You might start with Gregory Curtis’s book The Stewardship of Wealth (New York: John Wiley & Sons, 2012) for estate planning and inter-generational wealth transfer.

12th January 2013: Nuclear Iran & Strategic Culture Research

Bill Keller in The New York Times on new books about nuclear weapons proliferation:


What has been sorely missing from the debate about Iran’s nuclear program is a serious, reported effort to understand what goes on in the minds of the Iranians. David Patrikarakos, a journalist who has written for a number of high-end British periodicals, fills that void with “Nuclear Iran,” a cleareyed history of the Iranian nuclear program, enriched by access to a number of key participants and a wealth of scholarly empathy. The book contains more administrative detail and diplomatic byplay than a lay reader will crave, but it also includes a succinct and subtle rendering of modern Iranian political history and a digestible primer on the basics of nuclear science. (For the record, Patrikarakos, unlike Bracken, believes that, as counterproductive as an attack on Iran might be, “the prospect of a nuclear-armed Iran is worse.”)

In large measure, the history of nuclear Iran is the story of the relationship (“pathology” might be a better word) between Iran and the United States. Our present Iran problem, we are reminded, is partly of our own making. We installed the shah, who embraced nuclear power as a flag of Persian modernity. We indulged Saddam Hussein in his brutish attack on Iran — a war that led Iran’s Islamist government to conclude that it was on its own in the world. The fact that we invaded Afghanistan while paying court to terrorist-­breeding (but nuclear) Pakistan taught Iran that weapons of mass destruction command deference. Then, in the Bush axis-of-evil years, our hard-­liners convinced their hard-liners that nothing short of regime change would satisfy Washington. Add these understandable fears to a long history of xenophobia and Persian status anxiety, and it would be astounding if Iran didn’t at least contemplate acquiring the bomb.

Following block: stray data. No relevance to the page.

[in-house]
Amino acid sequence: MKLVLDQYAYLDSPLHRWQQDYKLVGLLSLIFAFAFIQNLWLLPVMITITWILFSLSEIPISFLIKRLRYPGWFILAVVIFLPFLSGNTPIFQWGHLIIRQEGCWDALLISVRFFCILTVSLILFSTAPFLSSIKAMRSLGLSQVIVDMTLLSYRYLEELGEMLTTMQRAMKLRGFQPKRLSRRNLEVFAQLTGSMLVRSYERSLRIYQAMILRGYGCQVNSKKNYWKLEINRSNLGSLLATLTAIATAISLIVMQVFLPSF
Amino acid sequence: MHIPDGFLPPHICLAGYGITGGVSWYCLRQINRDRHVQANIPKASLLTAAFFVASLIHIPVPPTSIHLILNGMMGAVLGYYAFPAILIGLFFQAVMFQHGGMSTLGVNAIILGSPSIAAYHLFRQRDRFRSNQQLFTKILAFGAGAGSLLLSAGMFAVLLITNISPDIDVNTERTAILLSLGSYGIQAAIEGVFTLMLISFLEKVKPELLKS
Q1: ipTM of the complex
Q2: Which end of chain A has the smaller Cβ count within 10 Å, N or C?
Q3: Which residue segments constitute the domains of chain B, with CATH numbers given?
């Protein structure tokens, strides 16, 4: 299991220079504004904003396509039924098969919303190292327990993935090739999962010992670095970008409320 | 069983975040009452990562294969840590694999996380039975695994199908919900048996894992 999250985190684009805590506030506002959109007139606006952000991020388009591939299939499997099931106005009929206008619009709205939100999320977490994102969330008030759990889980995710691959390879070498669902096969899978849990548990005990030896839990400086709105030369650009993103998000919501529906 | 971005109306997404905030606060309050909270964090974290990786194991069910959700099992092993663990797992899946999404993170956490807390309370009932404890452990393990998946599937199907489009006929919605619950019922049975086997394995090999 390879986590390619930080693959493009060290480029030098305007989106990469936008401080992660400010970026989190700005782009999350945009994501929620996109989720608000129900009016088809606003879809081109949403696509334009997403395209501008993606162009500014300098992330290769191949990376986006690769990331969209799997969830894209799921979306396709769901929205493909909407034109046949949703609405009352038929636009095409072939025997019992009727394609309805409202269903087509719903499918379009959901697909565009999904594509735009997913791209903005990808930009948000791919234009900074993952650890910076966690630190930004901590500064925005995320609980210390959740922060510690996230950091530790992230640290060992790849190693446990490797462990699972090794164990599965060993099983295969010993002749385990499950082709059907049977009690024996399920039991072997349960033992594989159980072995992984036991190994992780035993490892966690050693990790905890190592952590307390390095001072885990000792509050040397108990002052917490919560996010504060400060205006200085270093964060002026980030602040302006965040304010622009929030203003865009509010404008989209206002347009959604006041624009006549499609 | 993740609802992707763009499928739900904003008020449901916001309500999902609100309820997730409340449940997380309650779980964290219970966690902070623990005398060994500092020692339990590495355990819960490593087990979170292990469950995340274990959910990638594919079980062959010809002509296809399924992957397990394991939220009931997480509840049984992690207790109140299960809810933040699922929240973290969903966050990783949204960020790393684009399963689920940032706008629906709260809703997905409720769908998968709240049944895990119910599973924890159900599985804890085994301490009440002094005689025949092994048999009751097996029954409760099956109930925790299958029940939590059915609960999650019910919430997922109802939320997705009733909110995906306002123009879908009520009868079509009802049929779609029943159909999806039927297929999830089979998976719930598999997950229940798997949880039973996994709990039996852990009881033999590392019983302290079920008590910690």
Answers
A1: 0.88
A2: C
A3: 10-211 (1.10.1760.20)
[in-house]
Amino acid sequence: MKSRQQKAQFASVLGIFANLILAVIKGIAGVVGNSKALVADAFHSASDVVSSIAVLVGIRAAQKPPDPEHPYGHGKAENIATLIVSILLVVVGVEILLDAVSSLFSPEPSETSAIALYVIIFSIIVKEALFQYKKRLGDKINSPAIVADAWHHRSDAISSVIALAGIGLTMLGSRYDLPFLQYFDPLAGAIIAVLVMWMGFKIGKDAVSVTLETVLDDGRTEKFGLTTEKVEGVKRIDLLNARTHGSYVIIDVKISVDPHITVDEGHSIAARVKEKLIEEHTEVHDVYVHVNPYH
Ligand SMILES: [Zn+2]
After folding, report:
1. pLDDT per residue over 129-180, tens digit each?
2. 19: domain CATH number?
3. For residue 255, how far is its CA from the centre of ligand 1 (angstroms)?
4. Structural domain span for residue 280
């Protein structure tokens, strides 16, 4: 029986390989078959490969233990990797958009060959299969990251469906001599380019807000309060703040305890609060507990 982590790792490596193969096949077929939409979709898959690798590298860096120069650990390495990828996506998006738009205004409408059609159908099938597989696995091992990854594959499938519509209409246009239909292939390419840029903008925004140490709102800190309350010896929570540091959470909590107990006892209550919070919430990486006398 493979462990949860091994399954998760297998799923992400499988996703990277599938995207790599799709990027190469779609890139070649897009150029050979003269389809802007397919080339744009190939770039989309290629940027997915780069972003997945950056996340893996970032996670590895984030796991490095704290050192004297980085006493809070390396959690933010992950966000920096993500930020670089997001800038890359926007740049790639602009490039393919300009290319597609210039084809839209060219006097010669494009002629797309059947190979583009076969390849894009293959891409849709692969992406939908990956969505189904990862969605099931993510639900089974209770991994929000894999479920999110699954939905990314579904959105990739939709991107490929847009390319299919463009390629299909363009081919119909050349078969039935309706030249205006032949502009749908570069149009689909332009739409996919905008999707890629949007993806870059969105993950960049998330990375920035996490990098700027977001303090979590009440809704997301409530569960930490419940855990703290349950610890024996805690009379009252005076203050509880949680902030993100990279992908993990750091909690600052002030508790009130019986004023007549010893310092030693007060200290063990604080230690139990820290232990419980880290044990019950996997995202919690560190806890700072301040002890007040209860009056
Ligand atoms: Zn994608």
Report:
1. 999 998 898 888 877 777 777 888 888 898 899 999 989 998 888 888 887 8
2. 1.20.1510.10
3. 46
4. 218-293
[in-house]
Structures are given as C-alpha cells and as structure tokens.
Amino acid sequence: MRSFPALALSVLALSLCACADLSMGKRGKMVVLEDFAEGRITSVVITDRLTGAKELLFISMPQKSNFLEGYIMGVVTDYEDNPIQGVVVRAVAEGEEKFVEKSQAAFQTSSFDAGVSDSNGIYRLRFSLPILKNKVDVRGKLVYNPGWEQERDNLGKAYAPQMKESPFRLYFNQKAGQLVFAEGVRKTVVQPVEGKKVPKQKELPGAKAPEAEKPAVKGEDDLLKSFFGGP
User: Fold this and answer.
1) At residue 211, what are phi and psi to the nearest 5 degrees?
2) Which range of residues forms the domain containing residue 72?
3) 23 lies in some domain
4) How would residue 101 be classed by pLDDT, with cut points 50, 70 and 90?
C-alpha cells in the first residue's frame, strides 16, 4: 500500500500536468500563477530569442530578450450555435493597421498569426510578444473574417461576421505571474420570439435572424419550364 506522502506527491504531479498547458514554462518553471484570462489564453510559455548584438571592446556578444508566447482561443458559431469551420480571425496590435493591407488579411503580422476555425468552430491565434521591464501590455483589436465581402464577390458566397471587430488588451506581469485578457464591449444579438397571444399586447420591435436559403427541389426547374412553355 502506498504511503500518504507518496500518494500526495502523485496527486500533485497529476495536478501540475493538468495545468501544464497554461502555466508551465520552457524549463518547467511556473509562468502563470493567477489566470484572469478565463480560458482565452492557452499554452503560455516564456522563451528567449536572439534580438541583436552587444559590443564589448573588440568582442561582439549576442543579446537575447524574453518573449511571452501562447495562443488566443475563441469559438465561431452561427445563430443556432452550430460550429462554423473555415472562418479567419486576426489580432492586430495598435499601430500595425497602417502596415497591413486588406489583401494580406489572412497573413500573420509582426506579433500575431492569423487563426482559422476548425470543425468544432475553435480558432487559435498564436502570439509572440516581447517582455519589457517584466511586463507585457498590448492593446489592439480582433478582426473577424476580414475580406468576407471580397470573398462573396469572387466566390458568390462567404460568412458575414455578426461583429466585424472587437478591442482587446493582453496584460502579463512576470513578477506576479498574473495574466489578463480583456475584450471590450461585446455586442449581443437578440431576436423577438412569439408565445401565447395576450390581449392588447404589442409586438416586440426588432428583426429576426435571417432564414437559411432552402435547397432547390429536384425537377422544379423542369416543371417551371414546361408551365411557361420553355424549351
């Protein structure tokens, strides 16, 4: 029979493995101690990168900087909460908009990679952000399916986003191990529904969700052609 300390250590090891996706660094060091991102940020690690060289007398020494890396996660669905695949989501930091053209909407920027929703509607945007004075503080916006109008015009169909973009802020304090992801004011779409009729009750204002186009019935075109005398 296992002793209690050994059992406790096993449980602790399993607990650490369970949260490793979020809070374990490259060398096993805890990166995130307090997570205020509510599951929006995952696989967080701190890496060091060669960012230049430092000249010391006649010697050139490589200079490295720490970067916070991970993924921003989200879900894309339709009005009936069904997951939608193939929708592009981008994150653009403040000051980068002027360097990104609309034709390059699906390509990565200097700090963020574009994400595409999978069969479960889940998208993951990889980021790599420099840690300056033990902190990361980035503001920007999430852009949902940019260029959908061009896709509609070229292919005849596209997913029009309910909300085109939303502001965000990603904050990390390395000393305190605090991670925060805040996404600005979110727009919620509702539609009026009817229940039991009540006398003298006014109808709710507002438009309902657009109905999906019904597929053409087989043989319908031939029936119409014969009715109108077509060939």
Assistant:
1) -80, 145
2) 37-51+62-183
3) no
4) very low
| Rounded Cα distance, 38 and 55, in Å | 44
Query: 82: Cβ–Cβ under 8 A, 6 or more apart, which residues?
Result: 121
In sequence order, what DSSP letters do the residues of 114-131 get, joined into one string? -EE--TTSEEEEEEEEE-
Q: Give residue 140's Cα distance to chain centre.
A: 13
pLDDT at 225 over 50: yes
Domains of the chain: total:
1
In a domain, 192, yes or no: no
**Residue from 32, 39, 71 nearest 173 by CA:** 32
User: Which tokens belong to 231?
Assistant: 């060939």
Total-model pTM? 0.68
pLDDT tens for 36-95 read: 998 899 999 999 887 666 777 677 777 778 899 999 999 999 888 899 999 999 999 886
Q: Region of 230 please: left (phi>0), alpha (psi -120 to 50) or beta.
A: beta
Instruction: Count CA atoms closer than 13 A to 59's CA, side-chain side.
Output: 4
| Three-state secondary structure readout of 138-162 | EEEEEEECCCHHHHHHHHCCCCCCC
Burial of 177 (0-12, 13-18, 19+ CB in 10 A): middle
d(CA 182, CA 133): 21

When a young Jack Snyder wrote a 1977 RAND monograph that conceptualised strategic culture he tried to understand Soviet politico-military elites and their decision-making on nuclear weapons. David Patrikarakos‘s book joins David Crist‘s The Twilight War (New York: Penguin Press, 2012) in exploring the strategic interdependence of Iran’s nuclear development program with United States politico-military decision-making. A nuclear Iran is thus exactly the kind of geopolitical problematique that contemporary researchers interested in strategic culture might study. Snyder was part of a so-called first generation that might have used national country studies to understand the Iranian leadership. Now, this is the domain of political psychological profiling and estimative assessments for strategic intelligence. The so-called second generation would highlight the strategic interdependence of Iran and United States decision-making, and strategic alliances — including the US support for Iraq’s Saddam Hussein and the George W. Bush Administration’s decision in late 2001 to invade Afghanistan in order to end the Taliban regime’s support for Al Qaeda. The third generation might examine the evolution of institutional decision-making which has led to the “present Iran problem” for the United States. The fourth generation might examine how the international system and regional developments helped to shape United States and Iran decision-making; and might also compare Iran as a case study to countries like South Africa and Libya that have rolled back their nuclear capabilities. Patrikarakos and the other authors that Keller profiles might be the beginning of a literature review for a research program on United States and Iranian strategic cultures, and their decision-making and threat perception role in nuclear capability-building.